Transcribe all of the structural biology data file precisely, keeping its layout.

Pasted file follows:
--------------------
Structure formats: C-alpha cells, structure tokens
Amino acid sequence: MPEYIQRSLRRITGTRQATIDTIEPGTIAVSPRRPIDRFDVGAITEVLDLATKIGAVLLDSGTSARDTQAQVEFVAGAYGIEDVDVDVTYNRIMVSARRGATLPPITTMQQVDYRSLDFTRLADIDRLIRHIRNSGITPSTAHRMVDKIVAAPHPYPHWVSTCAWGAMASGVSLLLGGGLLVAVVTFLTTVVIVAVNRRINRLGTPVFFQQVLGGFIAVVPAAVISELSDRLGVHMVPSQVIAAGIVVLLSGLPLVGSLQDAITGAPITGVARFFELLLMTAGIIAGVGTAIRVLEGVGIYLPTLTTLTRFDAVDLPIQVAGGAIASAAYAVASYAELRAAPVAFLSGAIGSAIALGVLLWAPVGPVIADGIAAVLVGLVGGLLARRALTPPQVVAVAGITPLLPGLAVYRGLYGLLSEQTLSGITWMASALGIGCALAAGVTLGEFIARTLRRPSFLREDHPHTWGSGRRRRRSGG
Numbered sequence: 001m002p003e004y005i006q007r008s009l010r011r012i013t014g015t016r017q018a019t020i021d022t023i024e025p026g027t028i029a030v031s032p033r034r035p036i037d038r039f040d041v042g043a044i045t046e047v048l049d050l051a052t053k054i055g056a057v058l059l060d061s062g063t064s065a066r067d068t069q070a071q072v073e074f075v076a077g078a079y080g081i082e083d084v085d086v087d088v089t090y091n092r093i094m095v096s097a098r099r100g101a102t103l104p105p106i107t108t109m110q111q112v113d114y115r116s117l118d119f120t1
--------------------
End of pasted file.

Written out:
Structure formats: C-alpha cells, structure tokens
Amino acid sequence: MPEYIQRSLRRITGTRQATIDTIEPGTIAVSPRRPIDRFDVGAITEVLDLATKIGAVLLDSGTSARDTQAQVEFVAGAYGIEDVDVDVTYNRIMVSARRGATLPPITTMQQVDYRSLDFTRLADIDRLIRHIRNSGITPSTAHRMVDKIVAAPHPYPHWVSTCAWGAMASGVSLLLGGGLLVAVVTFLTTVVIVAVNRRINRLGTPVFFQQVLGGFIAVVPAAVISELSDRLGVHMVPSQVIAAGIVVLLSGLPLVGSLQDAITGAPITGVARFFELLLMTAGIIAGVGTAIRVLEGVGIYLPTLTTLTRFDAVDLPIQVAGGAIASAAYAVASYAELRAAPVAFLSGAIGSAIALGVLLWAPVGPVIADGIAAVLVGLVGGLLARRALTPPQVVAVAGITPLLPGLAVYRGLYGLLSEQTLSGITWMASALGIGCALAAGVTLGEFIARTLRRPSFLREDHPHTWGSGRRRRRSGG
Numbered sequence: 001m002p003e004y005i006q007r008s009l010r011r012i013t014g015t016r017q018a019t020i021d022t023i024e025p026g027t028i029a030v031s032p033r034r035p036i037d038r039f040d041v042g043a044i045t046e047v048l049d050l051a052t053k054i055g056a057v058l059l060d061s062g063t064s065a066r067d068t069q070a071q072v073e074f075v076a077g078a079y080g081i082e083d084v085d086v087d088v089t090y091n092r093i094m095v096s097a098r099r100g101a102t103l104p105p106i107t108t109m110q111q112v113d114y115r116s117l118d119f120t1